Ontario Town Eyes Camping Fee Hike to Cut Losses
The three city-run RV parks in Sudbury, Ontario, have lost a total of $193,000 in the past five years, councillors heard Monday (Feb. 27).
For now, councillors have agreed to hike fees to stem the losses, but in the longer term may consider whether the city of 100,000 located 200 miles due north of Toronto should be in the trailer park business at all, The Sudbury Star reported.
The city operates three seasonal trailer parks — Ella Lake Park in Capreol, Whitewater Park in Azilda and Centennial Park in Whitefish.
- Centennial Park has 47 spots and costs the city $162 a day to operate.
- Whitewater Park has 25 spots and costs the city $240 a day to operate.
- Ella Lake Park has 17 spots and costs the city $160 a day to operate.
All three parks are legacies of the former municipalities amalgamated into Greater Sudbury.
They are all popular and well used, staff said.
While Centennial Park operates in the black most years, Ella and Whitewater parks are consistently in the red, council heard.
Staff recommended hiking the rental fees to levels consistent with private-and provincial-run campgrounds to raise more money. They also gave councillors the option of lengthening the operating season, though that would cut into the new revenues.
Private camps charge anywhere from $1,200 to $1,600 for a seasonal camping spot and $25 to $35 for a daily rental. Provincial parks charge $1,232 to $1,464 for a seasonal spot and $29.75 to $39 for a daily rental.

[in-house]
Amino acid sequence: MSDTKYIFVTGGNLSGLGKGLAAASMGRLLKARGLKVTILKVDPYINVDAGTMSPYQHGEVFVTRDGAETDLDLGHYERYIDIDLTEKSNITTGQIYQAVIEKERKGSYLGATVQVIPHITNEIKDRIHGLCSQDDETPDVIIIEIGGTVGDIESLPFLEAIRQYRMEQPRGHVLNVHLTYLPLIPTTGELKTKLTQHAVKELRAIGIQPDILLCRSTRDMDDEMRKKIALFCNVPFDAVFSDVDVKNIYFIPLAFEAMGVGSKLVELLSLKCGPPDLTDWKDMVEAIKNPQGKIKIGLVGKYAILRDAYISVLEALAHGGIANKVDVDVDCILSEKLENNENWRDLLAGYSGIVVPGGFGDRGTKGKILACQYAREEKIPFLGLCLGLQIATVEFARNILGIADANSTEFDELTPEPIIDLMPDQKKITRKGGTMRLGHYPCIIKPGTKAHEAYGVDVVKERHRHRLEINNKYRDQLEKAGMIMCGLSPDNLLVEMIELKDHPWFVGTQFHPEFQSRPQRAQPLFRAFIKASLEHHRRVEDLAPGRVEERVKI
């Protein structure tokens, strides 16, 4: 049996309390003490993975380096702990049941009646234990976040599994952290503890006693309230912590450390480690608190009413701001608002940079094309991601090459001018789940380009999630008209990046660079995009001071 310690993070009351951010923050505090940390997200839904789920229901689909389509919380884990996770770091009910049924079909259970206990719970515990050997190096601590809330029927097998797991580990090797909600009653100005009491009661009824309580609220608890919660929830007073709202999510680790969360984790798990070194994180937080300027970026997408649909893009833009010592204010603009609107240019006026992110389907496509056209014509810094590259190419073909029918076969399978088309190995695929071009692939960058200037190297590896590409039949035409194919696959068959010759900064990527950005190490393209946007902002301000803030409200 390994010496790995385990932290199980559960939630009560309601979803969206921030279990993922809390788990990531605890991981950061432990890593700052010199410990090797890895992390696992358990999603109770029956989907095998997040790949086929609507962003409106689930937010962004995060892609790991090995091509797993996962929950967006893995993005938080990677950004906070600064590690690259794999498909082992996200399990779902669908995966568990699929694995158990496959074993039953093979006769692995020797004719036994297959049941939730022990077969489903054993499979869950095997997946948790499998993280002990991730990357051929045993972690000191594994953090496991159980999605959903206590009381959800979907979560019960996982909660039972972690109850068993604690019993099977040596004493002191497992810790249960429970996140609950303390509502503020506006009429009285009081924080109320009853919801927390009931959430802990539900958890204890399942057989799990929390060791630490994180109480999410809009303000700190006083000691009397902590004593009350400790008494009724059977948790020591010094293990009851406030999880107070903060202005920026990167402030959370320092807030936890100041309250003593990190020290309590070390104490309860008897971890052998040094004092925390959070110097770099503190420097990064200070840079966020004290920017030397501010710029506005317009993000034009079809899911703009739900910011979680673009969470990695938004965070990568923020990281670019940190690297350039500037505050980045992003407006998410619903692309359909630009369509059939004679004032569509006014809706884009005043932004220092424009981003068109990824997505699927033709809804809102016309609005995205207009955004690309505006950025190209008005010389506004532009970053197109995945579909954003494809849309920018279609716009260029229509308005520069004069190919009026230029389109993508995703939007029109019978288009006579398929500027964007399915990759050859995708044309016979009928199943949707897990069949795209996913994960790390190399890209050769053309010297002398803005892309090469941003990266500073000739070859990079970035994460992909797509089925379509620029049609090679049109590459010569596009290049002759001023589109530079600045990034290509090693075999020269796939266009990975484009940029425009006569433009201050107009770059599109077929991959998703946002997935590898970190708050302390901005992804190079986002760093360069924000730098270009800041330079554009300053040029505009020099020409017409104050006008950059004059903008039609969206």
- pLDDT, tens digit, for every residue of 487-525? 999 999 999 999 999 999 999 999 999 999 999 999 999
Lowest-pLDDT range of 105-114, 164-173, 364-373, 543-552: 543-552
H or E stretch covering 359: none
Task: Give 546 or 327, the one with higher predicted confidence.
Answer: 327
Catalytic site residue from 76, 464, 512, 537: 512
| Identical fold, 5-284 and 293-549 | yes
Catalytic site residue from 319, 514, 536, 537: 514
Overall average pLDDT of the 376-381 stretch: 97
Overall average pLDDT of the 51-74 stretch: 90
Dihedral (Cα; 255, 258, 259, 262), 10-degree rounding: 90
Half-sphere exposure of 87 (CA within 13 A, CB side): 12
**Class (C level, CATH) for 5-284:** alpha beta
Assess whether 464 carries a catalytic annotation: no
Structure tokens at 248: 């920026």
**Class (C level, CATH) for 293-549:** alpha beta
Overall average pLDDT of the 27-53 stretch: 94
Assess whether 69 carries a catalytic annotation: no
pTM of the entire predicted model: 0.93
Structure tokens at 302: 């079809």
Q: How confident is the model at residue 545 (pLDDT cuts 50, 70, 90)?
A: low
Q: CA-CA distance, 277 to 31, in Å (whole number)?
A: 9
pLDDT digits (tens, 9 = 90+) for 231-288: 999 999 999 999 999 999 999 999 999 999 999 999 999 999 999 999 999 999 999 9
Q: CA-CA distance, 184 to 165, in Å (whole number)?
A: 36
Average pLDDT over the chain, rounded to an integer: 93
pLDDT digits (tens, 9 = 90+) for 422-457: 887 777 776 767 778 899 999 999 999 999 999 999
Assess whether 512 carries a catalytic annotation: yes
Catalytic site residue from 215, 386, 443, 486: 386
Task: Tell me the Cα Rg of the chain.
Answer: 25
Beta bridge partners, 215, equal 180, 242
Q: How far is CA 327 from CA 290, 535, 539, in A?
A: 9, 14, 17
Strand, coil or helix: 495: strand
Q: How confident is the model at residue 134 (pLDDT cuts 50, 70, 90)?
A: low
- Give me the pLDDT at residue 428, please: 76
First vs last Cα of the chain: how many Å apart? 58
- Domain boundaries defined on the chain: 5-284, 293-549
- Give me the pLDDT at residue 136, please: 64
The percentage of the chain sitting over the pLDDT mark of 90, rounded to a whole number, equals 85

The city, by contrast, charges only $867 for a seasonal camping spot and $21 for a daily rental.
Staff proposed hiking the fees to just more than $1,000 for a seasonal spot and $26 for an overnight rental.
The city’s community development committee, however, decided that wasn’t enough and agreed to hike them more.
“These are first-class facilities,” Ward 1 Councillor Jacques Barbeau said, adding they provide a level of service other campgrounds don’t.
For example, the city-run parks do not charge extra for sheds and trailers erected on the sites, for extra refrigerators that run all season or for waste disposal. Other parks do, Barbeau said.
As well, some users have asked to extend the season at the campgrounds, both earlier in May and later in September.
In the end, the committee agreed to lengthen the season by 18 days and increase user fees so they match the fees of provincial parks, or about $1,200 a season. The changes will take effect this season.
Lengthening the season will increase costs by $10,000 a year and the new fees are expected to generate about $34,000 a year, staff say.
The committee also warned this could be temporary.
Committee chairman Frances Caldarelli said now the trailer parks have been brought to council’s attention, it seems likely someone will ask to review whether the city needs to be in trailer park business at all.
It could a be tough sell to residents who’ve grown to appreciate the parks and the service the city offers, but the three campgrounds could be leased or sold to the private sector and people could still enjoy them, Barbeau said.